and cruelest taskmaster.

Saturday, April 25, 2015

The Mercy in the Struggle

It's been hard lately.
Life and ministry.
There have been some days recently, that had I known they were coming,
I would have boarded that boat to Tarshish and been long gone, like the prophet of old.

But God has a way of catching up to us.
Now matter how we might try to run
or hide
or avoid.

And struggles force you out of hiding.
Hardship pushes you out of complacency.
Trials have a way of helping you regroup and reevaluate priorities.

That's what Jonah's three-day stay in a deluxe fish resort did for him.
It was a strategic management course.
And forward movement required choices and action.
And it was mercy, albeit smelly, but mercy nonetheless.

And these days of late, full of the hard edges of life,
have been my own kind big, stinky fish belly.
It has refused me rest and refused me retreat.
It has demanded a constant sorting of thoughts and emotions.
A barage of choices and actions to be rationally-based and not emotionally-driven.
And I wouldn't have chosen this. Not one single moment.
But they have been mercy.

These days of merciful struggle have brought certain priorities into focus.
These days have crystallized important relationships.
These moments have insisted on choices.
Choices that determine what I really believe about people, the church, my calling, my God.
The rubber meets the road kinds of faith choices that will demonstrate if I practice what I preach.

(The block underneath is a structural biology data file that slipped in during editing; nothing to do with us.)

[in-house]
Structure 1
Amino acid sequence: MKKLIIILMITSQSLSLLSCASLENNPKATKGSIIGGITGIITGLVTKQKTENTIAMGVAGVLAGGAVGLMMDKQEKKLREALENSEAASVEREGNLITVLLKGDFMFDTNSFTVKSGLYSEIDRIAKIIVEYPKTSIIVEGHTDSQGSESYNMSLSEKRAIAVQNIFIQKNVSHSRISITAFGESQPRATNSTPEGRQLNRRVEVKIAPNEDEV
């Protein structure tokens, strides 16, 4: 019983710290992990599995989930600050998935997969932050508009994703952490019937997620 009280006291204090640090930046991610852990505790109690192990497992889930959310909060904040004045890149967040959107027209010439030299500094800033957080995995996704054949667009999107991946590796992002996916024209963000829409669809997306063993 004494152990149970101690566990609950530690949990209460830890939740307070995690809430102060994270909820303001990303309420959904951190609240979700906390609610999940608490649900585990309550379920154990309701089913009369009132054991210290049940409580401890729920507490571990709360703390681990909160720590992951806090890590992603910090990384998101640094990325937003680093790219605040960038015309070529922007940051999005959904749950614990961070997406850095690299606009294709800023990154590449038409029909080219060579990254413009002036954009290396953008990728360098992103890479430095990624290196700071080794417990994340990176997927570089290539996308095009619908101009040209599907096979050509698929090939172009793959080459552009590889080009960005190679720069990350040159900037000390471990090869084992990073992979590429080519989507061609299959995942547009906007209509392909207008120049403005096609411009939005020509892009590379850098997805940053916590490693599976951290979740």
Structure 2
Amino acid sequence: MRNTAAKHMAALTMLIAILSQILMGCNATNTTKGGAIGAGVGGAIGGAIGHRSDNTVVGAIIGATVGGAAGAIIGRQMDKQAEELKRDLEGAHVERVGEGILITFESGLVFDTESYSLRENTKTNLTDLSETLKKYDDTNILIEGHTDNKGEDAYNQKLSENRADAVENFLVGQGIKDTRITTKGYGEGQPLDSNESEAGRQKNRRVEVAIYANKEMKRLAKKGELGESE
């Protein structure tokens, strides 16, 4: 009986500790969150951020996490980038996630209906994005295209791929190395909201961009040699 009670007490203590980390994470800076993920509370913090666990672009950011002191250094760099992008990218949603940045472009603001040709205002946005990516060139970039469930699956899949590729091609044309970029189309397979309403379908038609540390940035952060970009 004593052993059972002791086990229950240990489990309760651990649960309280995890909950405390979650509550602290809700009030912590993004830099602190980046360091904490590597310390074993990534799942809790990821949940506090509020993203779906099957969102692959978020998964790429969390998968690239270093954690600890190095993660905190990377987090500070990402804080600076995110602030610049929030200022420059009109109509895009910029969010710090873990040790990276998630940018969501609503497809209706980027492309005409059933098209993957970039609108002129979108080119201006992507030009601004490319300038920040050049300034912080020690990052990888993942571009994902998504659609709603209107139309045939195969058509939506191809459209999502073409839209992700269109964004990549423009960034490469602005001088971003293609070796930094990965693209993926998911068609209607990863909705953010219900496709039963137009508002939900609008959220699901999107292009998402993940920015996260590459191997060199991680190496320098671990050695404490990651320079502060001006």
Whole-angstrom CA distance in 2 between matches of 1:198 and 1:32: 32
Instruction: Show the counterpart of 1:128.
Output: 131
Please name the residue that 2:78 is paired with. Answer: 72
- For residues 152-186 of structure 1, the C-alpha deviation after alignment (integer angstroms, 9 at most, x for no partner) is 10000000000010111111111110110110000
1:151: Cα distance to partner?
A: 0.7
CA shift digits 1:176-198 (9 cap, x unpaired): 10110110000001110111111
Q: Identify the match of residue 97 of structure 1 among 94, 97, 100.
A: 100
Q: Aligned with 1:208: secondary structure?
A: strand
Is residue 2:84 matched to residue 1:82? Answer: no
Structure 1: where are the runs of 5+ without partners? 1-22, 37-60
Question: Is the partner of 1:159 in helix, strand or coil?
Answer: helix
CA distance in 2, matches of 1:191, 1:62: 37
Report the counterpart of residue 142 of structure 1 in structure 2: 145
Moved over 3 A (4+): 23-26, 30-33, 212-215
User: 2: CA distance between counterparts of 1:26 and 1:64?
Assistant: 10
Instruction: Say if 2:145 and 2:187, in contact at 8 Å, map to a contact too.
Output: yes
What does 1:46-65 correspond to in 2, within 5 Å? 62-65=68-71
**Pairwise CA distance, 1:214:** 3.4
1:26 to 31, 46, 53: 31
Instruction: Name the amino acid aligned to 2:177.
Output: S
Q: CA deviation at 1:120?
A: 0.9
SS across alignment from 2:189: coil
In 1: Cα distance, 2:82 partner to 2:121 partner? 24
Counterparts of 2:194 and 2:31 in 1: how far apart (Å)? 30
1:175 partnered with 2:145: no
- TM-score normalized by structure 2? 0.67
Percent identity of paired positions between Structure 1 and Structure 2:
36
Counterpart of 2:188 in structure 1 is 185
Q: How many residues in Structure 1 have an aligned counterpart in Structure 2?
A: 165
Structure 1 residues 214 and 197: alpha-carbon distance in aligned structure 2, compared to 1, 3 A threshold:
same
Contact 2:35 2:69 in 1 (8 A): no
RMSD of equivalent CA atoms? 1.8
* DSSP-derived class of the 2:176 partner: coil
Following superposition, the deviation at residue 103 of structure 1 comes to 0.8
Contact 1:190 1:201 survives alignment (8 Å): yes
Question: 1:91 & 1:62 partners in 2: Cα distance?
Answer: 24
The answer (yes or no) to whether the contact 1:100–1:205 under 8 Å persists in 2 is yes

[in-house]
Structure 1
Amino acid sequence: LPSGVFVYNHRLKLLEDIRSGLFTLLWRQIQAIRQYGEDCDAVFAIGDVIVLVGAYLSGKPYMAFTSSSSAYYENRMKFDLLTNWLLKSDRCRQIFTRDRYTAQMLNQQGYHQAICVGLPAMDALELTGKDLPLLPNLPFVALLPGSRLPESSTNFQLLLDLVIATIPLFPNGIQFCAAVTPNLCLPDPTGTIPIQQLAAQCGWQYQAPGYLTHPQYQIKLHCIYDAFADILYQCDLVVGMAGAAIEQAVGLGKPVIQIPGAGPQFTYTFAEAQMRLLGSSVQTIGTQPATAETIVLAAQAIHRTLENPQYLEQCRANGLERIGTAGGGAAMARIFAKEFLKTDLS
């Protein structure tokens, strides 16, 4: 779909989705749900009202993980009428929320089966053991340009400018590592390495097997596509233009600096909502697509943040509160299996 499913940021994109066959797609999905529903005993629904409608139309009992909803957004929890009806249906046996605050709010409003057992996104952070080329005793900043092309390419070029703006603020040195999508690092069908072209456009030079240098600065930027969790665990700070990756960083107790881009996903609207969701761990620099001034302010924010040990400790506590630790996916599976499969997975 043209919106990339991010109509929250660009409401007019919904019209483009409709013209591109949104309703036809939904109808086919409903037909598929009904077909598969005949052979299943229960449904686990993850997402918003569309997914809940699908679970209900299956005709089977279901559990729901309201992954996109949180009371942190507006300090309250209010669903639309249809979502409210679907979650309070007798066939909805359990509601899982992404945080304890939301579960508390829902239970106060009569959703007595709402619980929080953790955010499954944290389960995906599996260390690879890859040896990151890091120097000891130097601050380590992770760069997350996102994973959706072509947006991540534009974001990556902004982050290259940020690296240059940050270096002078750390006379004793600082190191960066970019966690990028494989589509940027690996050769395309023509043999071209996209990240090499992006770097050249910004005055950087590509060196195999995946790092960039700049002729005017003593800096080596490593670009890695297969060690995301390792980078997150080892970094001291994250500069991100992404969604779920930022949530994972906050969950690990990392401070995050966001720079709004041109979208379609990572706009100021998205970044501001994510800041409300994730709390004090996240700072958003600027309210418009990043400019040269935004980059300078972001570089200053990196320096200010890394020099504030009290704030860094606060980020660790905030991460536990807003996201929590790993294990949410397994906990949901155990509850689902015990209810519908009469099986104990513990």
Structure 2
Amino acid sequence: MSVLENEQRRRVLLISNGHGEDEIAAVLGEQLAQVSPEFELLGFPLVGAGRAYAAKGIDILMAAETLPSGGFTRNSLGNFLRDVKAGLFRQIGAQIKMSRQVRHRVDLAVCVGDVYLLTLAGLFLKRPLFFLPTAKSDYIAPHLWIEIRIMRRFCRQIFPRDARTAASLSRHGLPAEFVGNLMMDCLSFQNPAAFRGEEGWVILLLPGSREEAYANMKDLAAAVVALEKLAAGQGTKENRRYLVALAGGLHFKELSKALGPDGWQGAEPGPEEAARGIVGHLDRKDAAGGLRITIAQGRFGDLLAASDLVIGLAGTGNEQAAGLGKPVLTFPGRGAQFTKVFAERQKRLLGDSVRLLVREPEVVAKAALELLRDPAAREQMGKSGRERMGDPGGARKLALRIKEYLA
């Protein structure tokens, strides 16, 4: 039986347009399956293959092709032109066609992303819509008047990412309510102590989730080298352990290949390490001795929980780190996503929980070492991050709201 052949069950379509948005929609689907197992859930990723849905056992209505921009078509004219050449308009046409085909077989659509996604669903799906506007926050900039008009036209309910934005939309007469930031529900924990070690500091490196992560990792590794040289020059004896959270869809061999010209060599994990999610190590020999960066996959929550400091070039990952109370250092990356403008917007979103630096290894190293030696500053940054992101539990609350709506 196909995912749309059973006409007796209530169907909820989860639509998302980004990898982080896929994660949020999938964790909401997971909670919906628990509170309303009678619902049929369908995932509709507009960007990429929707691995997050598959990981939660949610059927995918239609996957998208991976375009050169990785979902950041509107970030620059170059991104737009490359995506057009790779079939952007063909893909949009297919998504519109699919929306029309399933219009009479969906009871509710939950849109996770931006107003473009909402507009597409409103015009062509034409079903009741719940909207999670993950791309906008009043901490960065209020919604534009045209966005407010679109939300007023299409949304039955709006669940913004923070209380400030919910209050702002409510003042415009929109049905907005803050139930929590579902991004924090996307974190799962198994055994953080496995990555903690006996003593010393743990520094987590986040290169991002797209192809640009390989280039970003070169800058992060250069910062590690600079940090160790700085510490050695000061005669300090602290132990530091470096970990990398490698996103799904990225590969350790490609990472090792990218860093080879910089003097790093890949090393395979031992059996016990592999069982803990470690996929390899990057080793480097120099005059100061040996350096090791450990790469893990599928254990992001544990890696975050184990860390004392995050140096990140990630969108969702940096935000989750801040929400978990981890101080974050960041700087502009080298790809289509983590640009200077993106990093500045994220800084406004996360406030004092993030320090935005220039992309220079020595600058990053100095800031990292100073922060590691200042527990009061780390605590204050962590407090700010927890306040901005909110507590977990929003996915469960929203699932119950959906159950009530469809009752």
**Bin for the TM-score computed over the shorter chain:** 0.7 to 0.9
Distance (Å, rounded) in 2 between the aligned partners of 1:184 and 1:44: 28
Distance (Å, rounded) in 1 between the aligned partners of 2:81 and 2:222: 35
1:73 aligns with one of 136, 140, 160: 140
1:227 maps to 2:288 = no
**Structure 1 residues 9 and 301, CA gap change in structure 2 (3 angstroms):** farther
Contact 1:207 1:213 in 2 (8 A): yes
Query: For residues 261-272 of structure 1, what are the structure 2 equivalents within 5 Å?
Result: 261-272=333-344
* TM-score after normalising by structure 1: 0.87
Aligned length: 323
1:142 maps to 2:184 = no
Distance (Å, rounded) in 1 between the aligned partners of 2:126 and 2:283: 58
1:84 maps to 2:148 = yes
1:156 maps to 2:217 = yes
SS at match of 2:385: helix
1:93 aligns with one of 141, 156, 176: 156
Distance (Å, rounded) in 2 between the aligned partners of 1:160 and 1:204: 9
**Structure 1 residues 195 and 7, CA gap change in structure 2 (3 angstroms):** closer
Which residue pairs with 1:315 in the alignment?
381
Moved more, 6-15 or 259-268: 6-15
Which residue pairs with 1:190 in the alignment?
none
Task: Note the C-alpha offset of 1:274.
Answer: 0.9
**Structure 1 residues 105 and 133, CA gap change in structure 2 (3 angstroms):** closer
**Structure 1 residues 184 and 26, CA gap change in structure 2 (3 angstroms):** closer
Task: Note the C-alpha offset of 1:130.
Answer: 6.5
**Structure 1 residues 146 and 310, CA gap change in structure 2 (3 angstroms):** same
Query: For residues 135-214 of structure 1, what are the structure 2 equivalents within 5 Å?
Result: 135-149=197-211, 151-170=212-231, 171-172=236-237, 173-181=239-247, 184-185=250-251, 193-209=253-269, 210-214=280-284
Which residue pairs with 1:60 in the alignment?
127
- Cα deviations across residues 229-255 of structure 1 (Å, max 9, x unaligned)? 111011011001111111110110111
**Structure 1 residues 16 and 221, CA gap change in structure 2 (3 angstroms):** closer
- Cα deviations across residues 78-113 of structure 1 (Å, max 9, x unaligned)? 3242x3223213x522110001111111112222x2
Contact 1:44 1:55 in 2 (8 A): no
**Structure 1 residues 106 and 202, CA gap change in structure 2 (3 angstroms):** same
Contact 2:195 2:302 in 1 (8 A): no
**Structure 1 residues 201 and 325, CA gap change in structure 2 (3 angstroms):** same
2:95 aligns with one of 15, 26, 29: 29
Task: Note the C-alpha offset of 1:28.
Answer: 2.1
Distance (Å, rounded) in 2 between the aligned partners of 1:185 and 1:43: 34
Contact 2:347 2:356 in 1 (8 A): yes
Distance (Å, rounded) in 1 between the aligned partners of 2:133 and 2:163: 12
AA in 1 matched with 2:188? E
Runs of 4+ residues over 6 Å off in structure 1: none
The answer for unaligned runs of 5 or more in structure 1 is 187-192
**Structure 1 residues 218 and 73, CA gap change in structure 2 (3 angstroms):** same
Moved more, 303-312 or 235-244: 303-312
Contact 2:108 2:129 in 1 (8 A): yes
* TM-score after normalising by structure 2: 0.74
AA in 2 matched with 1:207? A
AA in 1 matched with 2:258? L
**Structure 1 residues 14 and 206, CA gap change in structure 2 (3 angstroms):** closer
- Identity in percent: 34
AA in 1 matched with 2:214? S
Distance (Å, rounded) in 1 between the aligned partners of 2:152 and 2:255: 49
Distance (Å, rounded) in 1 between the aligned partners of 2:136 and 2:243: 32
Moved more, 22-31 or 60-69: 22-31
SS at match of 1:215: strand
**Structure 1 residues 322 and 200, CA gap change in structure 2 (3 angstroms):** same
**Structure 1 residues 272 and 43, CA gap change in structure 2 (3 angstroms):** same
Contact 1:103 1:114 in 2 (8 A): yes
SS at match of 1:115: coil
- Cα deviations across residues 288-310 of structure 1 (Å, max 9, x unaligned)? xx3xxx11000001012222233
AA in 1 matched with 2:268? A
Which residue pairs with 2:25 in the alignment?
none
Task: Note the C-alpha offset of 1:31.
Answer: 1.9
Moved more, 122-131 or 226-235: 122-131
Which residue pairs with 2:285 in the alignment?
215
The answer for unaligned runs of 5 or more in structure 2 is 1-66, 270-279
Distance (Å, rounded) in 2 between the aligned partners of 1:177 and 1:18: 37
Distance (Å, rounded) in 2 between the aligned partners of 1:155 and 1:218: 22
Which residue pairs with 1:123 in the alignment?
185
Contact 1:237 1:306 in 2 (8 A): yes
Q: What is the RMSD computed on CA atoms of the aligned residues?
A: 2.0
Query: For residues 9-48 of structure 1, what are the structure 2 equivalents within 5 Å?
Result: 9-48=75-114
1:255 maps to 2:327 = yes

Will I forgive even if my hurt is never spoken to those who have injured me?
Will I trust God to tend to my heart and the hearts of others especially when that means I do nothing?
Will I embody grace in the midst of unjust words or broken systems that let you down?
Will I choose to see another's point of view even if no one ever tries to see mine?

This is brass tacks kind of Jesus living.
It's the hard stuff of the kingdom that is easy to talk about...until it's your reputation and your hurt.
And I don't like it. Not one little bit.

And people have tried to soothe with talk of the enemy that works against our good God-future.
And people say struggles like these pave the way for better days ahead.
And I suppose those sentiments could be accurate,
but honestly, I am too submerged to see the coming daylight over the horizon.
My hurt is too fresh to look for the brighter day.
Right now, I just don't know.

And yet, I can't escape God.
He keeps pursuing me,
relentless Hound of Heaven.